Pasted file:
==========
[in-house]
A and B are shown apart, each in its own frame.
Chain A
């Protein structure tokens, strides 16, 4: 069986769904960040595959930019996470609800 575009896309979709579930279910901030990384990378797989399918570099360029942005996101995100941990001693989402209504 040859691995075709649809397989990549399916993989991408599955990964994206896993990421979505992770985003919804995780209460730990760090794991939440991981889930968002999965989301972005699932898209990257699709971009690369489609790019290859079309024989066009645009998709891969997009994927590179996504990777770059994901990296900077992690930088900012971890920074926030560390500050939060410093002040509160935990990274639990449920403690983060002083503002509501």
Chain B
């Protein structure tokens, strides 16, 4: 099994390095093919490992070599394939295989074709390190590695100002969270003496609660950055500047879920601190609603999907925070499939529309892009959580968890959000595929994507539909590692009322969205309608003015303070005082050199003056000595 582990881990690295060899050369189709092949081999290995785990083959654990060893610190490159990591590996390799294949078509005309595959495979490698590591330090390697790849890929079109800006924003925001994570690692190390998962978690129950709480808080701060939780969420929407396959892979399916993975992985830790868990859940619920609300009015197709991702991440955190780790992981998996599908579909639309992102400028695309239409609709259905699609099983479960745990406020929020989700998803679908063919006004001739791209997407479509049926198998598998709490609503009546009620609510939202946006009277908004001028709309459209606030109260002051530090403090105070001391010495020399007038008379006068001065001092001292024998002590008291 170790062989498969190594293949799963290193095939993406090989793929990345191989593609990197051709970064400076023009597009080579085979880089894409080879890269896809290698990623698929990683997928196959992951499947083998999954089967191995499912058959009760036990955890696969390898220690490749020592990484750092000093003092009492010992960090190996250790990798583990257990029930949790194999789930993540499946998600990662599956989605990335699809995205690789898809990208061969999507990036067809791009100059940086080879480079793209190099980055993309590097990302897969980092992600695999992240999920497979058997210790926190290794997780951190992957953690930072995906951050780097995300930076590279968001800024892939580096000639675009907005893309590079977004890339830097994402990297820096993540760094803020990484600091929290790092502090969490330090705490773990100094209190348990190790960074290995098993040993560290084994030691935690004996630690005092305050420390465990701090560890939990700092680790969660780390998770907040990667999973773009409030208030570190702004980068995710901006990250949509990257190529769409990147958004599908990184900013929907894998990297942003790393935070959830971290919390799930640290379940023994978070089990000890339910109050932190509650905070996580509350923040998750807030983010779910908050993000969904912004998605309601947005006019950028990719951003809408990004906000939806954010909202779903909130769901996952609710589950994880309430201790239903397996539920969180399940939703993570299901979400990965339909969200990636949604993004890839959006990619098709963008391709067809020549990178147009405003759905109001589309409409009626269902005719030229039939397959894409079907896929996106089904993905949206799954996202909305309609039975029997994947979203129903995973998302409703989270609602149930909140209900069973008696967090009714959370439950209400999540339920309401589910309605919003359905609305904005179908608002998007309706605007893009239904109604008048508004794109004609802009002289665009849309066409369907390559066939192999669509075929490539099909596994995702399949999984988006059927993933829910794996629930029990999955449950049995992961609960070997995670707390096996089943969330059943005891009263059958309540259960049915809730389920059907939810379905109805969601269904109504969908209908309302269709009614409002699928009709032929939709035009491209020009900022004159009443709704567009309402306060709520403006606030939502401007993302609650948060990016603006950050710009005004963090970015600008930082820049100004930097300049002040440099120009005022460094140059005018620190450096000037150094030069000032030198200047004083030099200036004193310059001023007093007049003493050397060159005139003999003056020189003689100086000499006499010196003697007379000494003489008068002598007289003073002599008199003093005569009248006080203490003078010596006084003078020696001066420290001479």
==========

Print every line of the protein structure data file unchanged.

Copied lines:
[in-house]
A and B are shown apart, each in its own frame.
Chain A
């Protein structure tokens, strides 16, 4: 069986769904960040595959930019996470609800 575009896309979709579930279910901030990384990378797989399918570099360029942005996101995100941990001693989402209504 040859691995075709649809397989990549399916993989991408599955990964994206896993990421979505992770985003919804995780209460730990760090794991939440991981889930968002999965989301972005699932898209990257699709971009690369489609790019290859079309024989066009645009998709891969997009994927590179996504990777770059994901990296900077992690930088900012971890920074926030560390500050939060410093002040509160935990990274639990449920403690983060002083503002509501």
Chain B
């Protein structure tokens, strides 16, 4: 099994390095093919490992070599394939295989074709390190590695100002969270003496609660950055500047879920601190609603999907925070499939529309892009959580968890959000595929994507539909590692009322969205309608003015303070005082050199003056000595 582990881990690295060899050369189709092949081999290995785990083959654990060893610190490159990591590996390799294949078509005309595959495979490698590591330090390697790849890929079109800006924003925001994570690692190390998962978690129950709480808080701060939780969420929407396959892979399916993975992985830790868990859940619920609300009015197709991702991440955190780790992981998996599908579909639309992102400028695309239409609709259905699609099983479960745990406020929020989700998803679908063919006004001739791209997407479509049926198998598998709490609503009546009620609510939202946006009277908004001028709309459209606030109260002051530090403090105070001391010495020399007038008379006068001065001092001292024998002590008291 170790062989498969190594293949799963290193095939993406090989793929990345191989593609990197051709970064400076023009597009080579085979880089894409080879890269896809290698990623698929990683997928196959992951499947083998999954089967191995499912058959009760036990955890696969390898220690490749020592990484750092000093003092009492010992960090190996250790990798583990257990029930949790194999789930993540499946998600990662599956989605990335699809995205690789898809990208061969999507990036067809791009100059940086080879480079793209190099980055993309590097990302897969980092992600695999992240999920497979058997210790926190290794997780951190992957953690930072995906951050780097995300930076590279968001800024892939580096000639675009907005893309590079977004890339830097994402990297820096993540760094803020990484600091929290790092502090969490330090705490773990100094209190348990190790960074290995098993040993560290084994030691935690004996630690005092305050420390465990701090560890939990700092680790969660780390998770907040990667999973773009409030208030570190702004980068995710901006990250949509990257190529769409990147958004599908990184900013929907894998990297942003790393935070959830971290919390799930640290379940023994978070089990000890339910109050932190509650905070996580509350923040998750807030983010779910908050993000969904912004998605309601947005006019950028990719951003809408990004906000939806954010909202779903909130769901996952609710589950994880309430201790239903397996539920969180399940939703993570299901979400990965339909969200990636949604993004890839959006990619098709963008391709067809020549990178147009405003759905109001589309409409009626269902005719030229039939397959894409079907896929996106089904993905949206799954996202909305309609039975029997994947979203129903995973998302409703989270609602149930909140209900069973008696967090009714959370439950209400999540339920309401589910309605919003359905609305904005179908608002998007309706605007893009239904109604008048508004794109004609802009002289665009849309066409369907390559066939192999669509075929490539099909596994995702399949999984988006059927993933829910794996629930029990999955449950049995992961609960070997995670707390096996089943969330059943005891009263059958309540259960049915809730389920059907939810379905109805969601269904109504969908209908309302269709009614409002699928009709032929939709035009491209020009900022004159009443709704567009309402306060709520403006606030939502401007993302609650948060990016603006950050710009005004963090970015600008930082820049100004930097300049002040440099120009005022460094140059005018620190450096000037150094030069000032030198200047004083030099200036004193310059001023007093007049003493050397060159005139003999003056020189003689100086000499006499010196003697007379000494003489008068002598007289003073002599008199003093005569009248006080203490003078010596006084003078020696001066420290001479």